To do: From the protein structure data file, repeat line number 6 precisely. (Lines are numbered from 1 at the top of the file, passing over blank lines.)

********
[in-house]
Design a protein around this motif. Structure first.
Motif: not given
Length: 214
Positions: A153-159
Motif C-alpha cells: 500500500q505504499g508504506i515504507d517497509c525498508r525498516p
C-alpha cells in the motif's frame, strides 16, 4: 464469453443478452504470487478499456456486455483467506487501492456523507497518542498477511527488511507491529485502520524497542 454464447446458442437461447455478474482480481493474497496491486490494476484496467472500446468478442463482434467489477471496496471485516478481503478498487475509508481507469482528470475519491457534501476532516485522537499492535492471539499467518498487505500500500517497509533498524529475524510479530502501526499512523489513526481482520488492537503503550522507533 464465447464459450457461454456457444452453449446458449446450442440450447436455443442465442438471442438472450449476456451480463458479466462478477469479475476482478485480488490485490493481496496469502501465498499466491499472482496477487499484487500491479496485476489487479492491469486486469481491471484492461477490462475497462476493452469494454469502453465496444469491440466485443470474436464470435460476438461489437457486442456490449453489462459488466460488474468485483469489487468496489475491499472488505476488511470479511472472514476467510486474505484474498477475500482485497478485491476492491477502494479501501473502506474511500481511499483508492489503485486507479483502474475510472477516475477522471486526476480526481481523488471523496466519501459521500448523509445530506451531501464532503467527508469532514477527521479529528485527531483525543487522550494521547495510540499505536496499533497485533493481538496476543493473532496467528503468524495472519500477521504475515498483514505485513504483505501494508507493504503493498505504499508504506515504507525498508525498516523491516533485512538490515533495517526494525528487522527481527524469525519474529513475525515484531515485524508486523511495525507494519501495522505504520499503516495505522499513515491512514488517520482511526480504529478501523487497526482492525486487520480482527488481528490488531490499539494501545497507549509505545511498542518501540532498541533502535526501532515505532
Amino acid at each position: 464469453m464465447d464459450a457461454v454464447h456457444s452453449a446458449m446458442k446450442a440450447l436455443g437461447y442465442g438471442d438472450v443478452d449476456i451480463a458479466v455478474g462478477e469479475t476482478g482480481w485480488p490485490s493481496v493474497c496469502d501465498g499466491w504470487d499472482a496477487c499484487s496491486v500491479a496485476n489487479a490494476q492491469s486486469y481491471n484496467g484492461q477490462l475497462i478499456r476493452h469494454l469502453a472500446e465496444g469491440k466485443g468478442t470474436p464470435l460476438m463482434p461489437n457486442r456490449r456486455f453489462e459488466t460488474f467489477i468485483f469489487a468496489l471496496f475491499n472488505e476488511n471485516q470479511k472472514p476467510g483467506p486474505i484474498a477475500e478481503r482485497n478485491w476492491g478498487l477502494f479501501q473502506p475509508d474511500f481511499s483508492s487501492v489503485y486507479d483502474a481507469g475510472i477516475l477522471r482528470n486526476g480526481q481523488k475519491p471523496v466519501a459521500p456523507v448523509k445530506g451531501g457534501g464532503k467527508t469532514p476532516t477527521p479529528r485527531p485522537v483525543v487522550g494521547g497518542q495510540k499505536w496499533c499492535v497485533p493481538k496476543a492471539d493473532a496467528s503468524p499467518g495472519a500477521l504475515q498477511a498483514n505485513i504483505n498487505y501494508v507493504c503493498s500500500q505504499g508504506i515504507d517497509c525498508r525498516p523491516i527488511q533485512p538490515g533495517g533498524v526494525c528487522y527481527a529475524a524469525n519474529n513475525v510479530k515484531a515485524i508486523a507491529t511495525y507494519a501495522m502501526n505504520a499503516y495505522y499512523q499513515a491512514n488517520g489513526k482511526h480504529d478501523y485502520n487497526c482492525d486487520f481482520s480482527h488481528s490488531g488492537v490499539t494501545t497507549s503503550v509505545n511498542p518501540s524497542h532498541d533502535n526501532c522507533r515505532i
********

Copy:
Motif C-alpha cells: 500500500q505504499g508504506i515504507d517497509c525498508r525498516p